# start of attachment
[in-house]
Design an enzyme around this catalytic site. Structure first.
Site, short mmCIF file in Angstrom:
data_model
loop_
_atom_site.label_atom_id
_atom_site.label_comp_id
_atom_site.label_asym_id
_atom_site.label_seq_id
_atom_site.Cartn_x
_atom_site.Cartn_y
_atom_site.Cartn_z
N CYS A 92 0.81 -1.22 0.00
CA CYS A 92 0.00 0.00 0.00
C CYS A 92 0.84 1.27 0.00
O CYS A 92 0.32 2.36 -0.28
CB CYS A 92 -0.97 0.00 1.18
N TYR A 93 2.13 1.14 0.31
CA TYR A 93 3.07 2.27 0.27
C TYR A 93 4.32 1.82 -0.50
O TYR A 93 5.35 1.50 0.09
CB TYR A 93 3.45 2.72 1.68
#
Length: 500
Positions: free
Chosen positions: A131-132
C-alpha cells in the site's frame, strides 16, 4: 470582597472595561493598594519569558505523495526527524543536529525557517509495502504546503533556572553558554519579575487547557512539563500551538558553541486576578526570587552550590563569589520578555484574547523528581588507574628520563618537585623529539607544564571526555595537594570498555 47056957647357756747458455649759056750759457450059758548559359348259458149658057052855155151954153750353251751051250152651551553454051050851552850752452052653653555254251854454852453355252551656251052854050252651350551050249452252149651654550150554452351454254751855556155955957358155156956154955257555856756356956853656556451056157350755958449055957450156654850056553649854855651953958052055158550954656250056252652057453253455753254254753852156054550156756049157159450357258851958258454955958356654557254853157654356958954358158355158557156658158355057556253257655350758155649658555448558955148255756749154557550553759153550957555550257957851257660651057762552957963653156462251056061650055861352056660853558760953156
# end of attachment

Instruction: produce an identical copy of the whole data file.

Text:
[in-house]
Design an enzyme around this catalytic site. Structure first.
Site, short mmCIF file in Angstrom:
data_model
loop_
_atom_site.label_atom_id
_atom_site.label_comp_id
_atom_site.label_asym_id
_atom_site.label_seq_id
_atom_site.Cartn_x
_atom_site.Cartn_y
_atom_site.Cartn_z
N CYS A 92 0.81 -1.22 0.00
CA CYS A 92 0.00 0.00 0.00
C CYS A 92 0.84 1.27 0.00
O CYS A 92 0.32 2.36 -0.28
CB CYS A 92 -0.97 0.00 1.18
N TYR A 93 2.13 1.14 0.31
CA TYR A 93 3.07 2.27 0.27
C TYR A 93 4.32 1.82 -0.50
O TYR A 93 5.35 1.50 0.09
CB TYR A 93 3.45 2.72 1.68
#
Length: 500
Positions: free
Chosen positions: A131-132
C-alpha cells in the site's frame, strides 16, 4: 470582597472595561493598594519569558505523495526527524543536529525557517509495502504546503533556572553558554519579575487547557512539563500551538558553541486576578526570587552550590563569589520578555484574547523528581588507574628520563618537585623529539607544564571526555595537594570498555 47056957647357756747458455649759056750759457450059758548559359348259458149658057052855155151954153750353251751051250152651551553454051050851552850752452052653653555254251854454852453355252551656251052854050252651350551050249452252149651654550150554452351454254751855556155955957358155156956154955257555856756356956853656556451056157350755958449055957450156654850056553649854855651953958052055158550954656250056252652057453253455753254254753852156054550156756049157159450357258851958258454955958356654557254853157654356958954358158355158557156658158355057556253257655350758155649658555448558955148255756749154557550553759153550957555550257957851257660651057762552957963653156462251056061650055861352056660853558760953156